|HDF Indexing Prototypes||Other Indexing Projects|
|Bitmap Indices||Projection Indices||FastBit||PyTables|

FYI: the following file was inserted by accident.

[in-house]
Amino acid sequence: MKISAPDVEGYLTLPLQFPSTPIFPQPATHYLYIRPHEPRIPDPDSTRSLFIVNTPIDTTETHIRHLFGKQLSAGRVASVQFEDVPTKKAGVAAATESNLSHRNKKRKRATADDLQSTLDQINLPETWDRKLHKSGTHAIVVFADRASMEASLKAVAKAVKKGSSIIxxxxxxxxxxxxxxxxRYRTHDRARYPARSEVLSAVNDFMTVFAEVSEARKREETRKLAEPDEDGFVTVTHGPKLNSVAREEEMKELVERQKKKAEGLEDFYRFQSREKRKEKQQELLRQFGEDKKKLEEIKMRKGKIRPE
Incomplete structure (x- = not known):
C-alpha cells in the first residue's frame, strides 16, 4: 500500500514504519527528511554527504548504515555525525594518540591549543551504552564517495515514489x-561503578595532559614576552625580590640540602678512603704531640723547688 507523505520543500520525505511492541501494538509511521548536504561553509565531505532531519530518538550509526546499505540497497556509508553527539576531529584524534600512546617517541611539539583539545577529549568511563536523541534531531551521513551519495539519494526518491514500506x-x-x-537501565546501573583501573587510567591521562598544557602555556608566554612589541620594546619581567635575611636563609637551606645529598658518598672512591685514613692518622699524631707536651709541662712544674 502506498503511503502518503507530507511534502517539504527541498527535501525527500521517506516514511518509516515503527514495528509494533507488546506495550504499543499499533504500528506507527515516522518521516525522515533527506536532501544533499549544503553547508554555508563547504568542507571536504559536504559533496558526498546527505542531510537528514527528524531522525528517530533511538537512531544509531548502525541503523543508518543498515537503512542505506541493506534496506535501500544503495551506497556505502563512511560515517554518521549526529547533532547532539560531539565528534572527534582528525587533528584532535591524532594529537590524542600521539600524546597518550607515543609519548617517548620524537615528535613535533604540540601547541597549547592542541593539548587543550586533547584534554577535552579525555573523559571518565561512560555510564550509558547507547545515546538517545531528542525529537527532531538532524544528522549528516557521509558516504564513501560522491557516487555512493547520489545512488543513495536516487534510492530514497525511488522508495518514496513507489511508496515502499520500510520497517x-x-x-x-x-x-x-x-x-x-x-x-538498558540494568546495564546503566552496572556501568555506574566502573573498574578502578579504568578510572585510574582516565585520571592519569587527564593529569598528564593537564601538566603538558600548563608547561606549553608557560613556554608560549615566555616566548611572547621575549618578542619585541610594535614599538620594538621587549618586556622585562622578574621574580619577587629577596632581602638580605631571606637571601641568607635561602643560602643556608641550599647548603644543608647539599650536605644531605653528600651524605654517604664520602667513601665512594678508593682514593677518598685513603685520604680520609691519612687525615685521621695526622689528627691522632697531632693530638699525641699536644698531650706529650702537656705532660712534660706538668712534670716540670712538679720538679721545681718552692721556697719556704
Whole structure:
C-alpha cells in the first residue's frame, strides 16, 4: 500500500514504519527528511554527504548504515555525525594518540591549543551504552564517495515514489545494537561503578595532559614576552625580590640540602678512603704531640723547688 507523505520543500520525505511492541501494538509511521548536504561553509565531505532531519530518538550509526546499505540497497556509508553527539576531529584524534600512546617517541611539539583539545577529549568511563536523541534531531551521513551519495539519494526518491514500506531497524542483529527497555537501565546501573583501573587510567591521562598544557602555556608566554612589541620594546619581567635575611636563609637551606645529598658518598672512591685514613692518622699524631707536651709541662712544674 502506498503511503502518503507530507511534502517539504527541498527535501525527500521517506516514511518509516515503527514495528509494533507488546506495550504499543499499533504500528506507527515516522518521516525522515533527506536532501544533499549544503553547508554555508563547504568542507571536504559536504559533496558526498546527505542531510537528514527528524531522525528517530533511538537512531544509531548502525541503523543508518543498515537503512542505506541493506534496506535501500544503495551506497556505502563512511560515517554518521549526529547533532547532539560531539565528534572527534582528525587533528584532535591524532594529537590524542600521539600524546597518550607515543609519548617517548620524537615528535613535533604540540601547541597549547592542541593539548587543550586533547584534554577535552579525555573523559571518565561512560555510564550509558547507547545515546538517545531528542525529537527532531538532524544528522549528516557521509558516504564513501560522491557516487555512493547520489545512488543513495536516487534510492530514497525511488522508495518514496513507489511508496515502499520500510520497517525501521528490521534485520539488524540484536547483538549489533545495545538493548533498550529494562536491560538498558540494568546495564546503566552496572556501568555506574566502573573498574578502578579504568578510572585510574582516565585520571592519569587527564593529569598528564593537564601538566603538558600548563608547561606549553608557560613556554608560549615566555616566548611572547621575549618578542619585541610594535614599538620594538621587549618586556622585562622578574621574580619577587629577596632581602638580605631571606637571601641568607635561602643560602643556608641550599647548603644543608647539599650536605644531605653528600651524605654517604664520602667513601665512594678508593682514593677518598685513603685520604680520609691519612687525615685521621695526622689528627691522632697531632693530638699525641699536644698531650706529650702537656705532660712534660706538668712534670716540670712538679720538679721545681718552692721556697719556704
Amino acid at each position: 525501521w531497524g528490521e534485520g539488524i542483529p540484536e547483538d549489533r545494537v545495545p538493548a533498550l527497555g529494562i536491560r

When Kepler formulated his famous laws of planetary motion, he was using data painstakingly gathered by his mentor Tycho Brahe to advance science. With today's advances in sensor, automation, and computation technologies, gathering scientific data has become very easy. Large data sets produced by observation or simulation allow scientists to formulate new theories and to test existing theories against actual data. This ability has led to production and consumption of large amounts of data by scientists. For example, the Sloan Digital Sky Survey currently offers twelve terabytes of data, which is being used by scientists across the world to study astronomical phenomena and discover new heavenly bodies. Looking at the earth instead of the sky, the Earth Observing Satellite system from NASA produces 3 terabytes of data per day. While these are both observational data, simulation data sets do not lag too far behind the observational data in terms of size. Each complex run at the Center for Simulation of Advanced Rockets at the University of Illinois at Urbana-Champaign produces a couple of terabytes of data. Future scientific applications will be even more data-intensive, due to improved observation-gathering technology and more complex and larger-scale simulation codes. To extract information from such large amounts of data, scientists need to be able to pull out arbitrary subsets of these large data sets based on various constraints; this task requires efficient data management techniques, including a good indexing scheme.